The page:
5. Oh yes, I covered the Harry Potter one a while back. I love how the headmaster suggests having a special license for fantasy and that children should read wholesome texts like Shakespeare which 1: is meant to be performed not read and 2: often features death, magic, fantastical things, violence and more death.

  6. Reblogged this on sherriemiranda1 and commented:
    You may notice a pattern here! Most banned books are bestsellers! Hmmm, maybe mine will get banned … ;-) <3
    Also "Nineteen Eighty Four" almost came true! We had Double Speak & crazy leaders. The only thing we didn't have is TVs that could see us, the viewers. That is, as far as I know … Yikes, the thought of it gives me the creeps! ;-) <3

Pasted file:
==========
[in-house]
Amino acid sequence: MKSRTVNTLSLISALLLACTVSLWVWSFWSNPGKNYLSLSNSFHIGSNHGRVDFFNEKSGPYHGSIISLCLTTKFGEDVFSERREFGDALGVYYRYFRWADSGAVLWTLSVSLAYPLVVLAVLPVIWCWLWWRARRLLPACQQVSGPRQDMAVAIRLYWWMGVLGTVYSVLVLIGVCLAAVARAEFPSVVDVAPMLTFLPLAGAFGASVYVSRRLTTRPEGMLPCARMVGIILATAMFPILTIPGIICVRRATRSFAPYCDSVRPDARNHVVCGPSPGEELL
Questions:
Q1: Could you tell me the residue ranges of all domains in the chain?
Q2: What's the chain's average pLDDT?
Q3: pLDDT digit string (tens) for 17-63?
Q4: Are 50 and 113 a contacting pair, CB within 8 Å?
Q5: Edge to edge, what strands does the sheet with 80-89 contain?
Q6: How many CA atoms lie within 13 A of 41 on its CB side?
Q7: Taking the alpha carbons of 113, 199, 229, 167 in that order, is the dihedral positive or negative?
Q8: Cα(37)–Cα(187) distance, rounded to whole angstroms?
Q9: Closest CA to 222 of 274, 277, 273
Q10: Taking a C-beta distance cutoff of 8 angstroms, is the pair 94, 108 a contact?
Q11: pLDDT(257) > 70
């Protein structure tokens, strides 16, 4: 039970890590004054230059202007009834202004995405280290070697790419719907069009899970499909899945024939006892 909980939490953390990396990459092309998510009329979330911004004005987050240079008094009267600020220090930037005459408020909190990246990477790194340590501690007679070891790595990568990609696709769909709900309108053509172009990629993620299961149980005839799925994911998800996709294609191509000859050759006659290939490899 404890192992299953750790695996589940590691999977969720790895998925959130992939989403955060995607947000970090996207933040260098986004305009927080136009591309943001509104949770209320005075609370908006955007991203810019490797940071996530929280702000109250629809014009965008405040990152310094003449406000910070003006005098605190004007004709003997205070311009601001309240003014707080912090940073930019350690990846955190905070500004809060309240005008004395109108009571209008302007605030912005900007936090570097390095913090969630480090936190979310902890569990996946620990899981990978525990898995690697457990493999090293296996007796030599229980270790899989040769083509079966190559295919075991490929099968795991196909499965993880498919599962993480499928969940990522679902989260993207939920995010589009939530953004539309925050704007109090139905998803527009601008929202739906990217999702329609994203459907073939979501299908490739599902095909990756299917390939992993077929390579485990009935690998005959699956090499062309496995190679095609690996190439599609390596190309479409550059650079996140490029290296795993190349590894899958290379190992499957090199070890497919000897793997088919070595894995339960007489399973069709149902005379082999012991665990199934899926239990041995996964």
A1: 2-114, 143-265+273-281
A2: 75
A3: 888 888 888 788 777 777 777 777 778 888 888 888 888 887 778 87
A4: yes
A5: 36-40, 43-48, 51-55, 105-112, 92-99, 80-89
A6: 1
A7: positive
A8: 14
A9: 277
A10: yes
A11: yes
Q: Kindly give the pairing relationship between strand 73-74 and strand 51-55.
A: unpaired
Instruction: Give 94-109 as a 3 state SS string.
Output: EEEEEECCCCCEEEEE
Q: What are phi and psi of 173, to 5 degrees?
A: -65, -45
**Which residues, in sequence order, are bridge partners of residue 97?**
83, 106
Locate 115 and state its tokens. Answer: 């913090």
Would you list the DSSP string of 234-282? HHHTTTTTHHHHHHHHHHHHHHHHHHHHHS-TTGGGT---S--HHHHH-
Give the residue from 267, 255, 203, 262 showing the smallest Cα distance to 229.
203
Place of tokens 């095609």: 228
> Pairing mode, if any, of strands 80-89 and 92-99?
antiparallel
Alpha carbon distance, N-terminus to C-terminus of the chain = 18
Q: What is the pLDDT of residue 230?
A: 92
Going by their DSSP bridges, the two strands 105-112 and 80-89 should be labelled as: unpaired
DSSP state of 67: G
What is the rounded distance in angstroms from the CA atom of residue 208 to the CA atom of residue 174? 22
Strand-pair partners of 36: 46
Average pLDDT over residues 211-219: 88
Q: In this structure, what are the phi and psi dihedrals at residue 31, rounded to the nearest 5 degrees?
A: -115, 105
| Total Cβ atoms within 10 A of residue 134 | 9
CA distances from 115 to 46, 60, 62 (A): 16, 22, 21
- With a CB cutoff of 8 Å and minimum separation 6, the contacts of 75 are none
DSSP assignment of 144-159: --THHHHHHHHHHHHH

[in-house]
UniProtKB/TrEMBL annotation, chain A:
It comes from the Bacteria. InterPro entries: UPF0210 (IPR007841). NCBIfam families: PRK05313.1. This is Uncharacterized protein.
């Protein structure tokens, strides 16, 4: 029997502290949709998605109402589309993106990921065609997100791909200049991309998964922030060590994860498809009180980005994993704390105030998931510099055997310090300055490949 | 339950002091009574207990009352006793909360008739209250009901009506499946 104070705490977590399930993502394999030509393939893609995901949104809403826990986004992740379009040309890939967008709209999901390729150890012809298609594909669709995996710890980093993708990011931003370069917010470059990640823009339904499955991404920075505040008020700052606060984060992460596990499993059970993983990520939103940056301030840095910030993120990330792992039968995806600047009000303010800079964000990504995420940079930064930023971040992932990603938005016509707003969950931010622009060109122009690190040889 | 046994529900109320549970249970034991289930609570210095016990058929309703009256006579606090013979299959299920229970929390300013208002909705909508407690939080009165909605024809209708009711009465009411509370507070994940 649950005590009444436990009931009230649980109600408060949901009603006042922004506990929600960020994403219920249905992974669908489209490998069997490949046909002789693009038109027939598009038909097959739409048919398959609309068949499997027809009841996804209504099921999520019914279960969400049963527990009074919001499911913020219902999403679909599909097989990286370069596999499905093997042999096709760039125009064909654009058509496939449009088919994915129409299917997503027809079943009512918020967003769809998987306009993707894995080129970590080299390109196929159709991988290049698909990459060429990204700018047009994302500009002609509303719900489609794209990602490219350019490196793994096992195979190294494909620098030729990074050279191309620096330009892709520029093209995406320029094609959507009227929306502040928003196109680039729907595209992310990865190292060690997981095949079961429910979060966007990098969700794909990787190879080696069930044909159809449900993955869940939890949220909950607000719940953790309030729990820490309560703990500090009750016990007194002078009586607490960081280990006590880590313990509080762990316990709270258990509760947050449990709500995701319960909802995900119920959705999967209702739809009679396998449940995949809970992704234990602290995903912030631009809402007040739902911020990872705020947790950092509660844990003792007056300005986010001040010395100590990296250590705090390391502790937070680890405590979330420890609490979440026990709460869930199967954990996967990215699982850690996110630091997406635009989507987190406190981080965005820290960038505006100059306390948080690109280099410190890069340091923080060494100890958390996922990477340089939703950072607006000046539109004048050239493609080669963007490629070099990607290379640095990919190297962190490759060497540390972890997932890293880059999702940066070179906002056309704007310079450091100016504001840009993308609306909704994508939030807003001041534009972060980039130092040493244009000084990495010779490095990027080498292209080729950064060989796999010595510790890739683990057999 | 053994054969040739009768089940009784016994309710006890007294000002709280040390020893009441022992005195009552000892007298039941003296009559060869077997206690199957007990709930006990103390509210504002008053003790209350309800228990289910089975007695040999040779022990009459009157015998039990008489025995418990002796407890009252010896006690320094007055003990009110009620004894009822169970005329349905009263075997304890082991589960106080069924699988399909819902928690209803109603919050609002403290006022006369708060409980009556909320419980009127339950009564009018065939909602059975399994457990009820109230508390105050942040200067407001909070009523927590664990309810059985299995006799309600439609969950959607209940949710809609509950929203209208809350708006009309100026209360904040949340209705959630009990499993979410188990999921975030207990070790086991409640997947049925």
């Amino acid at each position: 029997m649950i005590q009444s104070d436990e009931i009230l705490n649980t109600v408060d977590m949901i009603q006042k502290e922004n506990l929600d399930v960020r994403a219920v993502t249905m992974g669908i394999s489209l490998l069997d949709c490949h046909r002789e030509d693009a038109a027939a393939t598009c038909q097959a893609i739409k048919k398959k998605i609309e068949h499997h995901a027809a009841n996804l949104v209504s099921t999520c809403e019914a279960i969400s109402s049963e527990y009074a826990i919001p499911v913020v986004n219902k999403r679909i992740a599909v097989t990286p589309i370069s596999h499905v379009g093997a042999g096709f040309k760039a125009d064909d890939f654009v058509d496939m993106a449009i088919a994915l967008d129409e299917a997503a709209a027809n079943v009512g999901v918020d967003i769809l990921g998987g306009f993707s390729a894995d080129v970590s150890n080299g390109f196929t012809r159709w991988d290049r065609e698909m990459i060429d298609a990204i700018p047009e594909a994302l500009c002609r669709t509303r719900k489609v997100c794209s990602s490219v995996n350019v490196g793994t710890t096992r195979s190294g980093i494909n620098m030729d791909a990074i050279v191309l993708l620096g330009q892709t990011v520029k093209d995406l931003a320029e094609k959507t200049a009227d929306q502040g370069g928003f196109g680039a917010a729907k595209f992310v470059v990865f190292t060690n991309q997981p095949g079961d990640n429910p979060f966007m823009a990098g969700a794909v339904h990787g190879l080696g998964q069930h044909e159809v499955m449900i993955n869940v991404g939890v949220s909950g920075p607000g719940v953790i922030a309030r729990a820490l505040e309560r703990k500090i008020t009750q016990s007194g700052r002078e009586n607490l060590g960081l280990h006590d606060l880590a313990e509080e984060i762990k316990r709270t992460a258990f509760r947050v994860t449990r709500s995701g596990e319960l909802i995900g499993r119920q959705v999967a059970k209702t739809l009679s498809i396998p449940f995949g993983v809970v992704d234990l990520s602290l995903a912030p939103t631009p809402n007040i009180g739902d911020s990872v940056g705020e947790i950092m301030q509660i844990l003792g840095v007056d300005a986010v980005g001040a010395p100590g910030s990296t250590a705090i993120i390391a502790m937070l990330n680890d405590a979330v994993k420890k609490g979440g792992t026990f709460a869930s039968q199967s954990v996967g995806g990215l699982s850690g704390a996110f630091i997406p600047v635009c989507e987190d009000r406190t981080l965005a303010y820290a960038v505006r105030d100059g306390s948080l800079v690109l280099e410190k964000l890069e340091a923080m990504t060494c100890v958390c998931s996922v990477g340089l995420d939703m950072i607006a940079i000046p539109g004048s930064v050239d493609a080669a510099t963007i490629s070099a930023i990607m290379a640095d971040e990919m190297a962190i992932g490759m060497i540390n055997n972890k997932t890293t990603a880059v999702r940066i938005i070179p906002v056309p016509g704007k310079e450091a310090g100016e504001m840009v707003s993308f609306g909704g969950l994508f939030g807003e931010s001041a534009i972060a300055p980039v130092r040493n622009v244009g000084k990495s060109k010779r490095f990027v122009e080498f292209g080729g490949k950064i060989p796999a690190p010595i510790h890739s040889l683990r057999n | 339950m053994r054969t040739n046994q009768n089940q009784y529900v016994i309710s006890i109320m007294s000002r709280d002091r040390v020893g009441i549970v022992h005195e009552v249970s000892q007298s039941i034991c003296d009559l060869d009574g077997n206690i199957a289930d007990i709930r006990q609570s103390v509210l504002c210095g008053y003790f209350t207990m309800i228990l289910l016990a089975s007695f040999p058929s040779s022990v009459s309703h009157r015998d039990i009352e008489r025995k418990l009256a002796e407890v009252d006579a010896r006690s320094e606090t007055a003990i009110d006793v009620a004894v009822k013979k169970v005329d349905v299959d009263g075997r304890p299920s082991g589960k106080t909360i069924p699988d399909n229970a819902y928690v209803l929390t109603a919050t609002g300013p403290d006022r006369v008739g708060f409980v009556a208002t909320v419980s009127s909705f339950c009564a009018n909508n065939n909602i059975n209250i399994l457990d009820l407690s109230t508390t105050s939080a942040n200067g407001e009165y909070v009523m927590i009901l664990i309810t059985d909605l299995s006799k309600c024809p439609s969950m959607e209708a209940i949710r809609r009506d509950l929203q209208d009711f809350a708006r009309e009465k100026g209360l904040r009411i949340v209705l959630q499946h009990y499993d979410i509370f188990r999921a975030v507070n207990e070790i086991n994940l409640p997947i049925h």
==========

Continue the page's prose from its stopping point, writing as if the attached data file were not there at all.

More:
Peace, love & banned books for all,
    Sherrie Miranda’s historically based, coming of age, Adventure novel “Secrets & Lies in El Salvador” is about an American girl in war-torn El Salvador:
    Her husband made a video for her novel. He wrote the song too. You can go to her Home page to watch it:
    Or you can see it on YouTube: 😉 ❤

  7. Just got back from a week + of non-blogging!
    Those banned booked lists fascinate me. While I can understand theocratic dictatorships wanting to ban writing that criticises their version of God/Gods – it’s all about control, isn’t it? – it really is incomprehensible why supposedly enlightened societies should do so, whatever the reason. There is some sense in permitting schools to decide what to include in their school libraries, or which books NOT to recommend their students to read – but that’s not really the same thing as a COUNTRY banning, or trying to ban them.